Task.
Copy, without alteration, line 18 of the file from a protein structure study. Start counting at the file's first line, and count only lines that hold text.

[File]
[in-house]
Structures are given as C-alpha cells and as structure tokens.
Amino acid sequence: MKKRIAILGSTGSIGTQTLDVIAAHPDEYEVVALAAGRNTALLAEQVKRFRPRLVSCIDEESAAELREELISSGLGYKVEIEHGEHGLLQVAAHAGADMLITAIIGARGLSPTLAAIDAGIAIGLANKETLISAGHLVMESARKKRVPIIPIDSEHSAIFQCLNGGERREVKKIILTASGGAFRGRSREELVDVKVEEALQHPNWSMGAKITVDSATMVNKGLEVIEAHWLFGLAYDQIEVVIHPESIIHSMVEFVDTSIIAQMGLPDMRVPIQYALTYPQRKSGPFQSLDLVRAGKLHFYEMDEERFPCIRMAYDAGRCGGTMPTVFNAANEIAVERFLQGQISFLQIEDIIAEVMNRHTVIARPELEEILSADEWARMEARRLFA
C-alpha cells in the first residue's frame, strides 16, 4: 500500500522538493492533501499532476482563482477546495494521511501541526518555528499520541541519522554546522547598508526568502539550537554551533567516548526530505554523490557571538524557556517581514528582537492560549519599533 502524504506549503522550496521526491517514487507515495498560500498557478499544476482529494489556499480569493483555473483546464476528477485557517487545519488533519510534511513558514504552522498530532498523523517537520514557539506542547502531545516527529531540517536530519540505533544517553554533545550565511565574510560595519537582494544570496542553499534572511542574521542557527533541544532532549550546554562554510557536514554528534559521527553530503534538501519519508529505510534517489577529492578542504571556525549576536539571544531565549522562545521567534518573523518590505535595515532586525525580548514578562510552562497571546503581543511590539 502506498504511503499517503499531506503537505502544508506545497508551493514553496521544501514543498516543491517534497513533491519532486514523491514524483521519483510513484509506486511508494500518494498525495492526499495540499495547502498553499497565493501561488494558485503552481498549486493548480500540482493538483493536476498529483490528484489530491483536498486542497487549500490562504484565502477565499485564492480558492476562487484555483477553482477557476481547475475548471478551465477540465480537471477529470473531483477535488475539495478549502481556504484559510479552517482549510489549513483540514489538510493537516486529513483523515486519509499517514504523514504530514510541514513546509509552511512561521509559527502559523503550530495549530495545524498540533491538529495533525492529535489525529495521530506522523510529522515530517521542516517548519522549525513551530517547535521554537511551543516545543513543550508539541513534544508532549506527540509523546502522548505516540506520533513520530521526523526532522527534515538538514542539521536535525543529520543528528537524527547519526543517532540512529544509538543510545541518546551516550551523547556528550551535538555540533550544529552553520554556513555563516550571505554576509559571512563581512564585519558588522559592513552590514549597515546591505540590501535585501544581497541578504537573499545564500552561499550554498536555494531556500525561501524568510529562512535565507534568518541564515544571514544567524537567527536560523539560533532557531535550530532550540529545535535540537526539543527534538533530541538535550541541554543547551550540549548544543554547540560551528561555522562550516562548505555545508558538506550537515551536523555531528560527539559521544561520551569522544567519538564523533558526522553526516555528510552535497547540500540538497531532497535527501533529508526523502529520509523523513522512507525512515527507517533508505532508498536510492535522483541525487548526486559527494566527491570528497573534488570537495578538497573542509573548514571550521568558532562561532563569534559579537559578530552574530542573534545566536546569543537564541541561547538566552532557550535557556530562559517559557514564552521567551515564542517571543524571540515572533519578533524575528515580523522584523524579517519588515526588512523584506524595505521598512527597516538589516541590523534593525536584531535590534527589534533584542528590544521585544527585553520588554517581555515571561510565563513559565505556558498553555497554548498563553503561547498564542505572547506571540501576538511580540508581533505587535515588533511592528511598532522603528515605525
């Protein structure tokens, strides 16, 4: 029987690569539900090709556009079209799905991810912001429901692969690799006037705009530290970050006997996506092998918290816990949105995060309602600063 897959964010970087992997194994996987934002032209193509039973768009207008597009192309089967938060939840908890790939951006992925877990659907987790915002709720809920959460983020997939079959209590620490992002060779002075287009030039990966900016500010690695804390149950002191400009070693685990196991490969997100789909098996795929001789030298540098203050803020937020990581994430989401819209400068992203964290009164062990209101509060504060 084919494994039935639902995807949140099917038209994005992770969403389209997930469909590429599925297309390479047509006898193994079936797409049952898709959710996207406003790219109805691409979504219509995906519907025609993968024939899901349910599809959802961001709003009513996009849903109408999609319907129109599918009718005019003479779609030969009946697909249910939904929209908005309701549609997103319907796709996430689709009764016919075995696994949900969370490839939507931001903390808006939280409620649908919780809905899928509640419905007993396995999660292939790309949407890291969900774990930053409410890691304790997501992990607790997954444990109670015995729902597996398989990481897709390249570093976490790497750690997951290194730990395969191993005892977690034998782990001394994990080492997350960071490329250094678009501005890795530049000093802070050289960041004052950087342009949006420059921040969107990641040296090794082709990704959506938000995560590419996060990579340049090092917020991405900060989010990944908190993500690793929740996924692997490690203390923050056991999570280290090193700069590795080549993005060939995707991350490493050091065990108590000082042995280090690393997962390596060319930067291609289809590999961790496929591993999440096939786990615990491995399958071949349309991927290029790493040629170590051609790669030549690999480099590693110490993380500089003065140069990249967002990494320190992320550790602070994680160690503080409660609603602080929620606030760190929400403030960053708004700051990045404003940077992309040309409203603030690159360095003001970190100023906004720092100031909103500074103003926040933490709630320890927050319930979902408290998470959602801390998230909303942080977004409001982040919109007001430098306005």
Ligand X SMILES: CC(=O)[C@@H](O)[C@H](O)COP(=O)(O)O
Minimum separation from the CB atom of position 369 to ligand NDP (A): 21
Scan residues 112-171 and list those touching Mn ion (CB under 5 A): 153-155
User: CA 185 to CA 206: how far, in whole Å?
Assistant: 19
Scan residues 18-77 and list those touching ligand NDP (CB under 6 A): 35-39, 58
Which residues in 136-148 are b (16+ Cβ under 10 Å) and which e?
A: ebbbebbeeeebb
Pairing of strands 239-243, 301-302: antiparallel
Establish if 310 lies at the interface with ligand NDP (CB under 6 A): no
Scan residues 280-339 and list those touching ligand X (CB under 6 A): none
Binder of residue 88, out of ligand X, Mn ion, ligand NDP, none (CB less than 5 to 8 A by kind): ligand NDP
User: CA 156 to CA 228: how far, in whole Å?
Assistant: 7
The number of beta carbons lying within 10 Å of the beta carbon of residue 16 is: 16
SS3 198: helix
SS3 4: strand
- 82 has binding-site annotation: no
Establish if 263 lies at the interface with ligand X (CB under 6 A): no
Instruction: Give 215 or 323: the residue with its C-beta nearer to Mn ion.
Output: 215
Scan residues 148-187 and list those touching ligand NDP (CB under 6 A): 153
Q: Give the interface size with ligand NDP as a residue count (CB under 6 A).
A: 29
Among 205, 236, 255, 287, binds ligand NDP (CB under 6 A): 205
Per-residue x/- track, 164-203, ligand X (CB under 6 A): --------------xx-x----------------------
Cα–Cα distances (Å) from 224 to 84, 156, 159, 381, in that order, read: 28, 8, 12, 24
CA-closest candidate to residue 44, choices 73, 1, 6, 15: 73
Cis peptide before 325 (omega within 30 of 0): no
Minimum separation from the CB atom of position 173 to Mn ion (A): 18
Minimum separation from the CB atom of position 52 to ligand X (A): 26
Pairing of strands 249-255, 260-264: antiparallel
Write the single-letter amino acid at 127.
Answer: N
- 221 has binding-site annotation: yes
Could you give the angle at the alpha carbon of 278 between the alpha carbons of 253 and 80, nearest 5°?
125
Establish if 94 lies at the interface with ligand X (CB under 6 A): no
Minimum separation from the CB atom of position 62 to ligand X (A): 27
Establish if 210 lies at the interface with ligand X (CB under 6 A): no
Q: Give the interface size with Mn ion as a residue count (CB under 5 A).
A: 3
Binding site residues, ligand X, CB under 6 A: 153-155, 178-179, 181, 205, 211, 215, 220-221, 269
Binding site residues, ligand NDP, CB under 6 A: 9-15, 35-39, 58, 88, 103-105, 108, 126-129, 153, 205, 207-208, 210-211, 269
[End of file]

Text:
User: CA 156 to CA 228: how far, in whole Å?